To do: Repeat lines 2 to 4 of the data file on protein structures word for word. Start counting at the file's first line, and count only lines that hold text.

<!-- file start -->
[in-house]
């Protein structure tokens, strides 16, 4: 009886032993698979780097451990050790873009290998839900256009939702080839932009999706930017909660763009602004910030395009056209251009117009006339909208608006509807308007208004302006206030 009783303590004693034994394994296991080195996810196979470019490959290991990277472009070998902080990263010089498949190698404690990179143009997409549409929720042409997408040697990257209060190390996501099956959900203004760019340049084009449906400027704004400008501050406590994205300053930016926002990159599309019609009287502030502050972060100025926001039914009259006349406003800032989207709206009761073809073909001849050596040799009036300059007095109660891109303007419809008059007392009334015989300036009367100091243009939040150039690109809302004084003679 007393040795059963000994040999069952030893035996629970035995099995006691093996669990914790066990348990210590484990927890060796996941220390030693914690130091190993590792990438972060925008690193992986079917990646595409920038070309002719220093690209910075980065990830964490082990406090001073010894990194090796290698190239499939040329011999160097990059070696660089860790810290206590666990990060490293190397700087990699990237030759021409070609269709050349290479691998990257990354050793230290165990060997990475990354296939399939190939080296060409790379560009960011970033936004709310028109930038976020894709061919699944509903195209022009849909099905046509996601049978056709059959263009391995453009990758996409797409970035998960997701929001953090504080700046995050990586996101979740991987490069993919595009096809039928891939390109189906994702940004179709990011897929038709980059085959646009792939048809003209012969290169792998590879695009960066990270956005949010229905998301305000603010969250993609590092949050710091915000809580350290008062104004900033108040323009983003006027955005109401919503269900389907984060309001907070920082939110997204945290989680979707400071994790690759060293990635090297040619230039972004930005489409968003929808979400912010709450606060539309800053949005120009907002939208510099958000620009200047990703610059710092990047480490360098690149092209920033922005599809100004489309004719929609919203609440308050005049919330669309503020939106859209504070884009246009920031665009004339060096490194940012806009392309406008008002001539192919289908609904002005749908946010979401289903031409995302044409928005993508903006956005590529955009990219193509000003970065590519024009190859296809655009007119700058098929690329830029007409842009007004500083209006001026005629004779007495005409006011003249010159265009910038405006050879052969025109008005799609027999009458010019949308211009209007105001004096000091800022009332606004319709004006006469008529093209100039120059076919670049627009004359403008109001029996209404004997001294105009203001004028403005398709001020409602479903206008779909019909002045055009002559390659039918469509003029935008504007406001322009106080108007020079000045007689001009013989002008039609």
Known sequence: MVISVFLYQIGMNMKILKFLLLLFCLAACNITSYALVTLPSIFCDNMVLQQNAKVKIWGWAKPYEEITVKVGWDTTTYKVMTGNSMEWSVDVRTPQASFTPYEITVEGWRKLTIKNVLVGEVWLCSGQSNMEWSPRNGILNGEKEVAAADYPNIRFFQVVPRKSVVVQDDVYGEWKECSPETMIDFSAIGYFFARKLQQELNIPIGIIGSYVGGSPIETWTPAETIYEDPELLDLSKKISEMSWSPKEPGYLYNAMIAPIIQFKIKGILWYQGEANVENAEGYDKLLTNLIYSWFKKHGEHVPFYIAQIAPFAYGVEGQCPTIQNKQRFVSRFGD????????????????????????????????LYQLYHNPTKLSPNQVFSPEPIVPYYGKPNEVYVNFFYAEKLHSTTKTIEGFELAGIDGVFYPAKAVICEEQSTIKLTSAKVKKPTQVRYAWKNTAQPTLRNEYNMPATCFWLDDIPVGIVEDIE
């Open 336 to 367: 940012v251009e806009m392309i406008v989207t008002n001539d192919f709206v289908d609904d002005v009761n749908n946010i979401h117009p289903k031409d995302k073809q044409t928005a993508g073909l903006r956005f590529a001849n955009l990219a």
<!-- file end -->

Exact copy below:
């Protein structure tokens, strides 16, 4: 009886032993698979780097451990050790873009290998839900256009939702080839932009999706930017909660763009602004910030395009056209251009117009006339909208608006509807308007208004302006206030 009783303590004693034994394994296991080195996810196979470019490959290991990277472009070998902080990263010089498949190698404690990179143009997409549409929720042409997408040697990257209060190390996501099956959900203004760019340049084009449906400027704004400008501050406590994205300053930016926002990159599309019609009287502030502050972060100025926001039914009259006349406003800032989207709206009761073809073909001849050596040799009036300059007095109660891109303007419809008059007392009334015989300036009367100091243009939040150039690109809302004084003679 007393040795059963000994040999069952030893035996629970035995099995006691093996669990914790066990348990210590484990927890060796996941220390030693914690130091190993590792990438972060925008690193992986079917990646595409920038070309002719220093690209910075980065990830964490082990406090001073010894990194090796290698190239499939040329011999160097990059070696660089860790810290206590666990990060490293190397700087990699990237030759021409070609269709050349290479691998990257990354050793230290165990060997990475990354296939399939190939080296060409790379560009960011970033936004709310028109930038976020894709061919699944509903195209022009849909099905046509996601049978056709059959263009391995453009990758996409797409970035998960997701929001953090504080700046995050990586996101979740991987490069993919595009096809039928891939390109189906994702940004179709990011897929038709980059085959646009792939048809003209012969290169792998590879695009960066990270956005949010229905998301305000603010969250993609590092949050710091915000809580350290008062104004900033108040323009983003006027955005109401919503269900389907984060309001907070920082939110997204945290989680979707400071994790690759060293990635090297040619230039972004930005489409968003929808979400912010709450606060539309800053949005120009907002939208510099958000620009200047990703610059710092990047480490360098690149092209920033922005599809100004489309004719929609919203609440308050005049919330669309503020939106859209504070884009246009920031665009004339060096490194940012806009392309406008008002001539192919289908609904002005749908946010979401289903031409995302044409928005993508903006956005590529955009990219193509000003970065590519024009190859296809655009007119700058098929690329830029007409842009007004500083209006001026005629004779007495005409006011003249010159265009910038405006050879052969025109008005799609027999009458010019949308211009209007105001004096000091800022009332606004319709004006006469008529093209100039120059076919670049627009004359403008109001029996209404004997001294105009203001004028403005398709001020409602479903206008779909019909002045055009002559390659039918469509003029935008504007406001322009106080108007020079000045007689001009013989002008039609």
Known sequence: MVISVFLYQIGMNMKILKFLLLLFCLAACNITSYALVTLPSIFCDNMVLQQNAKVKIWGWAKPYEEITVKVGWDTTTYKVMTGNSMEWSVDVRTPQASFTPYEITVEGWRKLTIKNVLVGEVWLCSGQSNMEWSPRNGILNGEKEVAAADYPNIRFFQVVPRKSVVVQDDVYGEWKECSPETMIDFSAIGYFFARKLQQELNIPIGIIGSYVGGSPIETWTPAETIYEDPELLDLSKKISEMSWSPKEPGYLYNAMIAPIIQFKIKGILWYQGEANVENAEGYDKLLTNLIYSWFKKHGEHVPFYIAQIAPFAYGVEGQCPTIQNKQRFVSRFGD????????????????????????????????LYQLYHNPTKLSPNQVFSPEPIVPYYGKPNEVYVNFFYAEKLHSTTKTIEGFELAGIDGVFYPAKAVICEEQSTIKLTSAKVKKPTQVRYAWKNTAQPTLRNEYNMPATCFWLDDIPVGIVEDIE
């Open 336 to 367: 940012v251009e806009m392309i406008v989207t008002n001539d192919f709206v289908d609904d002005v009761n749908n946010i979401h117009p289903k031409d995302k073809q044409t928005a993508g073909l903006r956005f590529a001849n955009l990219a």